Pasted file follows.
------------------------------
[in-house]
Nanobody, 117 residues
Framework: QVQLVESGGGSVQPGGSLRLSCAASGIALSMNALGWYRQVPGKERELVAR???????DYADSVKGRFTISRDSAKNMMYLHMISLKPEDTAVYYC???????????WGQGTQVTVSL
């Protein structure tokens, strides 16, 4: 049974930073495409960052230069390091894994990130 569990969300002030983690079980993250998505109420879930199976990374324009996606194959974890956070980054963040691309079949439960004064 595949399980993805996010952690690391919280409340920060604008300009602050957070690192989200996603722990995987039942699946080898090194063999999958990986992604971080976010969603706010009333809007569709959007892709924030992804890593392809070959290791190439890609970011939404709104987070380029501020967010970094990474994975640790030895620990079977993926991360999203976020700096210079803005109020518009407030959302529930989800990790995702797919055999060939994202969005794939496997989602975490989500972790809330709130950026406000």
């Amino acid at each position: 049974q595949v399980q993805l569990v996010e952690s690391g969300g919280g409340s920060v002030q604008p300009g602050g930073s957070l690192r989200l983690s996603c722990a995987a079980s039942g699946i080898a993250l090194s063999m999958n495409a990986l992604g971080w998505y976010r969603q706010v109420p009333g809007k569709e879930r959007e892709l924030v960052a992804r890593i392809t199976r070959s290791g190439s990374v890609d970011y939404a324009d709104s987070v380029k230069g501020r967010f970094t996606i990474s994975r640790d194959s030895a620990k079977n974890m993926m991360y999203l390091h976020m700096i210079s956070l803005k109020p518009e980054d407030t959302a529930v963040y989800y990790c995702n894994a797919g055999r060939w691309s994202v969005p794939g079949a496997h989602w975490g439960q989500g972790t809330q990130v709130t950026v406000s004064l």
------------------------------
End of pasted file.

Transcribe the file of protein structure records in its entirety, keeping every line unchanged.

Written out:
[in-house]
Nanobody, 117 residues
Framework: QVQLVESGGGSVQPGGSLRLSCAASGIALSMNALGWYRQVPGKERELVAR???????DYADSVKGRFTISRDSAKNMMYLHMISLKPEDTAVYYC???????????WGQGTQVTVSL
């Protein structure tokens, strides 16, 4: 049974930073495409960052230069390091894994990130 569990969300002030983690079980993250998505109420879930199976990374324009996606194959974890956070980054963040691309079949439960004064 595949399980993805996010952690690391919280409340920060604008300009602050957070690192989200996603722990995987039942699946080898090194063999999958990986992604971080976010969603706010009333809007569709959007892709924030992804890593392809070959290791190439890609970011939404709104987070380029501020967010970094990474994975640790030895620990079977993926991360999203976020700096210079803005109020518009407030959302529930989800990790995702797919055999060939994202969005794939496997989602975490989500972790809330709130950026406000």
């Amino acid at each position: 049974q595949v399980q993805l569990v996010e952690s690391g969300g919280g409340s920060v002030q604008p300009g602050g930073s957070l690192r989200l983690s996603c722990a995987a079980s039942g699946i080898a993250l090194s063999m999958n495409a990986l992604g971080w998505y976010r969603q706010v109420p009333g809007k569709e879930r959007e892709l924030v960052a992804r890593i392809t199976r070959s290791g190439s990374v890609d970011y939404a324009d709104s987070v380029k230069g501020r967010f970094t996606i990474s994975r640790d194959s030895a620990k079977n974890m993926m991360y999203l390091h976020m700096i210079s956070l803005k109020p518009e980054d407030t959302a529930v963040y989800y990790c995702n894994a797919g055999r060939w691309s994202v969005p794939g079949a496997h989602w975490g439960q989500g972790t809330q990130v709130t950026v406000s004064l």